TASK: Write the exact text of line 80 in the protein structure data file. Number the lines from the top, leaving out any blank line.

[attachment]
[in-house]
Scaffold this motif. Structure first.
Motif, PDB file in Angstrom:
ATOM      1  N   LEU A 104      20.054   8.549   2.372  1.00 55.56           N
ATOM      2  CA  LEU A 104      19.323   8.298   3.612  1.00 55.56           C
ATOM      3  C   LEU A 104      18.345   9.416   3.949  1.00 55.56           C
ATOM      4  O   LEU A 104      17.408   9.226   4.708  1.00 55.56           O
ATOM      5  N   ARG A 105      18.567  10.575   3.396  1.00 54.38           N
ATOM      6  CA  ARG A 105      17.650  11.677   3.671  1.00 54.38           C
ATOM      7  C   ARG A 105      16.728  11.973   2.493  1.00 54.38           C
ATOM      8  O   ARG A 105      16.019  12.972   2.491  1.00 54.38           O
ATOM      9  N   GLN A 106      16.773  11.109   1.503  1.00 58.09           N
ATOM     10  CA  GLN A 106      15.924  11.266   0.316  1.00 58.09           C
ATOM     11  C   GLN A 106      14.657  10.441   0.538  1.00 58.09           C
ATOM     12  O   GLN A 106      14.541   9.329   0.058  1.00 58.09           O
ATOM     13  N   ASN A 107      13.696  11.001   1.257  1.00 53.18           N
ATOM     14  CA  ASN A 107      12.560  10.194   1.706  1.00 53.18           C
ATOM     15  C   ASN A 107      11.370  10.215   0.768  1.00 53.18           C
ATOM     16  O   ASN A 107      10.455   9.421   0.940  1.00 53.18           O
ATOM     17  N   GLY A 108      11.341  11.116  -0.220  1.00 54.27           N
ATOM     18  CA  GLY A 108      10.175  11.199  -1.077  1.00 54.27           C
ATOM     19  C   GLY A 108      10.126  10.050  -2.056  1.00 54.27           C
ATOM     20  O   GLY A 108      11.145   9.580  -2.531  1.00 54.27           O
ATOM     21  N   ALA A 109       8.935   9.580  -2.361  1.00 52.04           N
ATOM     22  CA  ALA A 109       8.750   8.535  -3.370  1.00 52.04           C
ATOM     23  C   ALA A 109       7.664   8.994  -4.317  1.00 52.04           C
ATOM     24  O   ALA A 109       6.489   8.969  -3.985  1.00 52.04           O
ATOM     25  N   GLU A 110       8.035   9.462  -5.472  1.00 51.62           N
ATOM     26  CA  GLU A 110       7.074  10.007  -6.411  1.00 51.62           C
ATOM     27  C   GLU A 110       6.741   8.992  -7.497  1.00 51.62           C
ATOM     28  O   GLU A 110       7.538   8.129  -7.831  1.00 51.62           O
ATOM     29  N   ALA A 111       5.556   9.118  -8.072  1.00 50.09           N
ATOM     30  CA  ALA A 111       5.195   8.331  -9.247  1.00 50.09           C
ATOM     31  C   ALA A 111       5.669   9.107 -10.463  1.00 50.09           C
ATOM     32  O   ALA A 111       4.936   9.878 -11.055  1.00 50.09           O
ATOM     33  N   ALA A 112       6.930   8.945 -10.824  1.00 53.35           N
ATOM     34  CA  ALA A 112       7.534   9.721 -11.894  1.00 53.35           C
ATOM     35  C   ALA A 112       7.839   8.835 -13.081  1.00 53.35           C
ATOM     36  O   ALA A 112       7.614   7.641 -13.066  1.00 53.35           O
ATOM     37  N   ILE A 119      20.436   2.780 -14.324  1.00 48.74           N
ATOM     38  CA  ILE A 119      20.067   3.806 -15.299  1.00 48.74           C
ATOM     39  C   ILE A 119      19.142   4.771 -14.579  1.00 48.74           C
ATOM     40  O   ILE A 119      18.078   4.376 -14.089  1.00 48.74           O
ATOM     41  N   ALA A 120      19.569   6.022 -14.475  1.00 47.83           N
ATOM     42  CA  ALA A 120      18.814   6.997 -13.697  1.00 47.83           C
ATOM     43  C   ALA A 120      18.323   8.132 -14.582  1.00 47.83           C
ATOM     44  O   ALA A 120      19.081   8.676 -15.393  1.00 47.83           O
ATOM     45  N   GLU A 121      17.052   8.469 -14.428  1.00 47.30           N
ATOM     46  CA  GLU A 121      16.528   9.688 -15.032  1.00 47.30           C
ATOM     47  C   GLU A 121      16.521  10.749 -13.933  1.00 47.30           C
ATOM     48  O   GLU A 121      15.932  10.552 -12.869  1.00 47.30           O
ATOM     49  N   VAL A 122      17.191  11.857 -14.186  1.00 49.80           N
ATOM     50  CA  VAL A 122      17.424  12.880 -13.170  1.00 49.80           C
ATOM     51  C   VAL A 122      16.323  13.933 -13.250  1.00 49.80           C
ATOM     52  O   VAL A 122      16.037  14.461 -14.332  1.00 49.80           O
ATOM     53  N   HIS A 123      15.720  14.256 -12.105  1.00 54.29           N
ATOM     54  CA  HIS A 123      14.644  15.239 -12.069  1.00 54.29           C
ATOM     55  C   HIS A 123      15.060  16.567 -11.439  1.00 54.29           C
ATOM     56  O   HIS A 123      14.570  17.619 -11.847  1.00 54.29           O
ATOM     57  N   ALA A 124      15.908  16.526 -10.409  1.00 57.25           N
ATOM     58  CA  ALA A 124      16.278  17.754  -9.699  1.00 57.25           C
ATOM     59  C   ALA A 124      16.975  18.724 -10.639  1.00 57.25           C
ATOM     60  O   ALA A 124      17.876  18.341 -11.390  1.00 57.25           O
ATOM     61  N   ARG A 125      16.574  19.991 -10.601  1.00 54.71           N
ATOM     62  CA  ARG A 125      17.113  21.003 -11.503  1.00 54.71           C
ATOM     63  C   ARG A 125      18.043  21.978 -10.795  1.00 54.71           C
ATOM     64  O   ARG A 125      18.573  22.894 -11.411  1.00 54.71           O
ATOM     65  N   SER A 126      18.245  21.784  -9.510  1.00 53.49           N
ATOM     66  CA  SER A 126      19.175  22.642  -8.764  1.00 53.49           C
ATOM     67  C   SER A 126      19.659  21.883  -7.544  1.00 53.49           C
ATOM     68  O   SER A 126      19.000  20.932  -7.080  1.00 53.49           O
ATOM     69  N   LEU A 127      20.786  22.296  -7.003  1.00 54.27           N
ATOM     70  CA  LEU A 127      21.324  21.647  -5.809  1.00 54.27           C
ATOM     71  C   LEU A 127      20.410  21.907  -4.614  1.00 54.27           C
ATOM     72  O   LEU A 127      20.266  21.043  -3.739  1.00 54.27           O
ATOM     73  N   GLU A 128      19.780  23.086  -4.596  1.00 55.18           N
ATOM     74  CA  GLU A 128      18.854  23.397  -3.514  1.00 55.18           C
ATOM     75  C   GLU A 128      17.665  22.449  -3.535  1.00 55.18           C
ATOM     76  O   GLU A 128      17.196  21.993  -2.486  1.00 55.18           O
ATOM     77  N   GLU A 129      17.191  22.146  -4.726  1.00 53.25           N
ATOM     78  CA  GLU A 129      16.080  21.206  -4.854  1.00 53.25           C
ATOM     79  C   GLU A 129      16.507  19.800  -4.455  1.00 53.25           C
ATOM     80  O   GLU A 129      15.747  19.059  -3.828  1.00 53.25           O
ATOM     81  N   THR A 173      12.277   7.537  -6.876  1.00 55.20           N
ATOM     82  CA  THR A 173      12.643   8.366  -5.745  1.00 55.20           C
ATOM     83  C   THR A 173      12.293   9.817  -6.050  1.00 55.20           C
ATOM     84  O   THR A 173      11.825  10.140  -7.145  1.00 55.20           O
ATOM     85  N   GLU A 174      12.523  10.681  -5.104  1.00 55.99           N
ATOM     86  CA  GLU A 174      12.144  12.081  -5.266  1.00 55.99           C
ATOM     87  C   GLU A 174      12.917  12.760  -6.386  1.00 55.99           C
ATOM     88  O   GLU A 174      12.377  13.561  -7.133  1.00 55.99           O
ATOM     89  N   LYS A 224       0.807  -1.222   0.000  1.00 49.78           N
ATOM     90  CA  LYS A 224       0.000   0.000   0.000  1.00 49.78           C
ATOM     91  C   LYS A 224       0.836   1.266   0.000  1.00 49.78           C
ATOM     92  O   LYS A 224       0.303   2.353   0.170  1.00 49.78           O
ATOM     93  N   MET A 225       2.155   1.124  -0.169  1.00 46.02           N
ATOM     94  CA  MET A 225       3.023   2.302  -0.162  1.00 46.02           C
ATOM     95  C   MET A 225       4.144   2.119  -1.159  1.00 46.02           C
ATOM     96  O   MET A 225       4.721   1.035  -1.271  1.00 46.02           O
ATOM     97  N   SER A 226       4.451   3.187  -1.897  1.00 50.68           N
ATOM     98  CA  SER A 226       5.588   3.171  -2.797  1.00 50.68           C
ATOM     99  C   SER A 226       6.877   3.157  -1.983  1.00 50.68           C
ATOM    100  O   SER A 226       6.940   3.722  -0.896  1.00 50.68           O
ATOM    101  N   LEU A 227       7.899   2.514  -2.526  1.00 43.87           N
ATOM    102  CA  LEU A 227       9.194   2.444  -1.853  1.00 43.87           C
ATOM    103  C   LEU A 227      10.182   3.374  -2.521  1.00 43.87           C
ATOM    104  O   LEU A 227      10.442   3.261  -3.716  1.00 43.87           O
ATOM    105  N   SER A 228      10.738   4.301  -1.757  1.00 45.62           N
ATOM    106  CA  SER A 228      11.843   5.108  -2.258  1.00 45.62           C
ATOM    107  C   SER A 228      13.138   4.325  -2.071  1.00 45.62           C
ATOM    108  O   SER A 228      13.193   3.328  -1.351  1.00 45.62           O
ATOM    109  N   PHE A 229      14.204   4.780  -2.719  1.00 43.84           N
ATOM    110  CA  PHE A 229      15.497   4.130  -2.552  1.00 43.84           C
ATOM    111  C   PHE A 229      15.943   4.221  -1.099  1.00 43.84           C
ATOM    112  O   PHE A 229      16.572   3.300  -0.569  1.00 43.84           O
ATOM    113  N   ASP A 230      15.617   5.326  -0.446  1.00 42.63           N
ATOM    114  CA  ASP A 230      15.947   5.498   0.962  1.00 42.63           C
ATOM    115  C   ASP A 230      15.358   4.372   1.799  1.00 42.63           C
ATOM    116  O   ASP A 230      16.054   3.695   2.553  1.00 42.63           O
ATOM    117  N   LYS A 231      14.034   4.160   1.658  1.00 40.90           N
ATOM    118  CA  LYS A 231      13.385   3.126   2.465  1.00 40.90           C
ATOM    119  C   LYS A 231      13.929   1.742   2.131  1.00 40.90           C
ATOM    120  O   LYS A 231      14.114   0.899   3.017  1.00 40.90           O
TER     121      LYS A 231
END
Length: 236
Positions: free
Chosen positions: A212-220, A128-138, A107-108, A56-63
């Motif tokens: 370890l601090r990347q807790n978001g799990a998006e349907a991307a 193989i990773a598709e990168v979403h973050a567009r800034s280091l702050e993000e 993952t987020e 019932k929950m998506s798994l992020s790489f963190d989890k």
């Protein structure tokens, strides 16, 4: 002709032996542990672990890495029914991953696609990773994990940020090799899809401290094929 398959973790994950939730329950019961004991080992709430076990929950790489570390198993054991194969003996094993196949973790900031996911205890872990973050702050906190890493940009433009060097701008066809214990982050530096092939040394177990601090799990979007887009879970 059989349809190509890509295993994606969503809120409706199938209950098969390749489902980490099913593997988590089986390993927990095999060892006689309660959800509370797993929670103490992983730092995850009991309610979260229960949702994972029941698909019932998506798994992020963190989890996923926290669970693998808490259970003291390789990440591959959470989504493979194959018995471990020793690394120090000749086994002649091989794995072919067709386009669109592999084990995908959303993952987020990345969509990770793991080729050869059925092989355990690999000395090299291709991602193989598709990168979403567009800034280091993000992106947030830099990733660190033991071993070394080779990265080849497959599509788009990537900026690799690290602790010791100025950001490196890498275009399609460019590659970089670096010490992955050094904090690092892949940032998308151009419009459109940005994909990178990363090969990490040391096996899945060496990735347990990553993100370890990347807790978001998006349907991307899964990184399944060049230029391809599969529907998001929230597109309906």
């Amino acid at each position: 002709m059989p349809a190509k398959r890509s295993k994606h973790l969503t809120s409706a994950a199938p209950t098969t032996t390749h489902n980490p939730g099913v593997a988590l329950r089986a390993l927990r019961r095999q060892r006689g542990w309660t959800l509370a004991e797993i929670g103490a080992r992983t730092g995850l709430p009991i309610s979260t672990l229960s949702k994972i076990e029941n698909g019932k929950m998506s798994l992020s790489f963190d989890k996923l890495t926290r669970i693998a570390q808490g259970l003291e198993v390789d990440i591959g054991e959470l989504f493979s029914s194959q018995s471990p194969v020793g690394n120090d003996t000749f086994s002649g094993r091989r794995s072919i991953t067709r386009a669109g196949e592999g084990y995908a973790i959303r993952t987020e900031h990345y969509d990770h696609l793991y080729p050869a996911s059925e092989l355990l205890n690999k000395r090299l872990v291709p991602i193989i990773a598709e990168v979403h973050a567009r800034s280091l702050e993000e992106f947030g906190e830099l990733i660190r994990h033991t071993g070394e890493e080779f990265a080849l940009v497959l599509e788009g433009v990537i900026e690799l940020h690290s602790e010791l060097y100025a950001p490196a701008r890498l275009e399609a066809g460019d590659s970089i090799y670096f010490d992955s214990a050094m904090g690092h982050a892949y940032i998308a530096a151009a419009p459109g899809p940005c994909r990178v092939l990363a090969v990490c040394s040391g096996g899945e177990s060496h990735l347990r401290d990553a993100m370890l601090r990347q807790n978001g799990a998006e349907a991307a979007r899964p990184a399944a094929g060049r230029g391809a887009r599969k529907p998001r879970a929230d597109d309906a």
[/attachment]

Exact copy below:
ATOM     77  N   GLU A 129      17.191  22.146  -4.726  1.00 53.25           N